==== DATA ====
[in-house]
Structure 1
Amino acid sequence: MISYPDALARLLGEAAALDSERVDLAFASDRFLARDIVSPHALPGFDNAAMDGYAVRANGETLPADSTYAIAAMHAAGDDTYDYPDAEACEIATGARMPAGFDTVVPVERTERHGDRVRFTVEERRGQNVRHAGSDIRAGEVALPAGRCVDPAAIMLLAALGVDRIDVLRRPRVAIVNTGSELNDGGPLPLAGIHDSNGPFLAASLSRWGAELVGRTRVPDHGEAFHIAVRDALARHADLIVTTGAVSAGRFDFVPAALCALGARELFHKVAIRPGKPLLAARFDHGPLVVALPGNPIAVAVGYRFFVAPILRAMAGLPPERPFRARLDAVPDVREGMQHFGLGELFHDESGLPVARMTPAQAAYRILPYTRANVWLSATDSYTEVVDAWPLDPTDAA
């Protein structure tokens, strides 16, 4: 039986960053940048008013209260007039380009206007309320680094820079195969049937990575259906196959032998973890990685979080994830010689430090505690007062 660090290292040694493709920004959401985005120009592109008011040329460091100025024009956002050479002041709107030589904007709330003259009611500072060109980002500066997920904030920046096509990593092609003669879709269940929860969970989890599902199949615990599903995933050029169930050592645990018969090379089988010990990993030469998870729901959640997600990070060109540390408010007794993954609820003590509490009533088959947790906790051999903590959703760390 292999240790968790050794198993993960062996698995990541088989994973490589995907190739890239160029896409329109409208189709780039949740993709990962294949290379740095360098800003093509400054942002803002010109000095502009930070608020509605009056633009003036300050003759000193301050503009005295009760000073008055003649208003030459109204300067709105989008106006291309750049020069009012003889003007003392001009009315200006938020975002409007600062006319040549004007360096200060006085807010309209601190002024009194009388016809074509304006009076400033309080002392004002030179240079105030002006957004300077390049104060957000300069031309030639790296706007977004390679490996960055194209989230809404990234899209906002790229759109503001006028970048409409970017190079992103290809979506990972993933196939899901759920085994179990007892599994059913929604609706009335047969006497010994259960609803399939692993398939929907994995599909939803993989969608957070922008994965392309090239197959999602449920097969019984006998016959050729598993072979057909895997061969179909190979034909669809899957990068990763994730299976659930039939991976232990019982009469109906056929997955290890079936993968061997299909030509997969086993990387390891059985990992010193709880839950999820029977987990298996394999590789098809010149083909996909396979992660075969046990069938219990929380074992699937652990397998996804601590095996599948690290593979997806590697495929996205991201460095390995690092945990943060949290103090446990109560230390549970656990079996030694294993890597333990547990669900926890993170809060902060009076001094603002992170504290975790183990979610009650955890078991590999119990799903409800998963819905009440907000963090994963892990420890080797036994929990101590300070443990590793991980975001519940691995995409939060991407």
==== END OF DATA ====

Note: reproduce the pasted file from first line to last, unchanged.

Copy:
[in-house]
Structure 1
Amino acid sequence: MISYPDALARLLGEAAALDSERVDLAFASDRFLARDIVSPHALPGFDNAAMDGYAVRANGETLPADSTYAIAAMHAAGDDTYDYPDAEACEIATGARMPAGFDTVVPVERTERHGDRVRFTVEERRGQNVRHAGSDIRAGEVALPAGRCVDPAAIMLLAALGVDRIDVLRRPRVAIVNTGSELNDGGPLPLAGIHDSNGPFLAASLSRWGAELVGRTRVPDHGEAFHIAVRDALARHADLIVTTGAVSAGRFDFVPAALCALGARELFHKVAIRPGKPLLAARFDHGPLVVALPGNPIAVAVGYRFFVAPILRAMAGLPPERPFRARLDAVPDVREGMQHFGLGELFHDESGLPVARMTPAQAAYRILPYTRANVWLSATDSYTEVVDAWPLDPTDAA
């Protein structure tokens, strides 16, 4: 039986960053940048008013209260007039380009206007309320680094820079195969049937990575259906196959032998973890990685979080994830010689430090505690007062 660090290292040694493709920004959401985005120009592109008011040329460091100025024009956002050479002041709107030589904007709330003259009611500072060109980002500066997920904030920046096509990593092609003669879709269940929860969970989890599902199949615990599903995933050029169930050592645990018969090379089988010990990993030469998870729901959640997600990070060109540390408010007794993954609820003590509490009533088959947790906790051999903590959703760390 292999240790968790050794198993993960062996698995990541088989994973490589995907190739890239160029896409329109409208189709780039949740993709990962294949290379740095360098800003093509400054942002803002010109000095502009930070608020509605009056633009003036300050003759000193301050503009005295009760000073008055003649208003030459109204300067709105989008106006291309750049020069009012003889003007003392001009009315200006938020975002409007600062006319040549004007360096200060006085807010309209601190002024009194009388016809074509304006009076400033309080002392004002030179240079105030002006957004300077390049104060957000300069031309030639790296706007977004390679490996960055194209989230809404990234899209906002790229759109503001006028970048409409970017190079992103290809979506990972993933196939899901759920085994179990007892599994059913929604609706009335047969006497010994259960609803399939692993398939929907994995599909939803993989969608957070922008994965392309090239197959999602449920097969019984006998016959050729598993072979057909895997061969179909190979034909669809899957990068990763994730299976659930039939991976232990019982009469109906056929997955290890079936993968061997299909030509997969086993990387390891059985990992010193709880839950999820029977987990298996394999590789098809010149083909996909396979992660075969046990069938219990929380074992699937652990397998996804601590095996599948690290593979997806590697495929996205991201460095390995690092945990943060949290103090446990109560230390549970656990079996030694294993890597333990547990669900926890993170809060902060009076001094603002992170504290975790183990979610009650955890078991590999119990799903409800998963819905009440907000963090994963892990420890080797036994929990101590300070443990590793991980975001519940691995995409939060991407």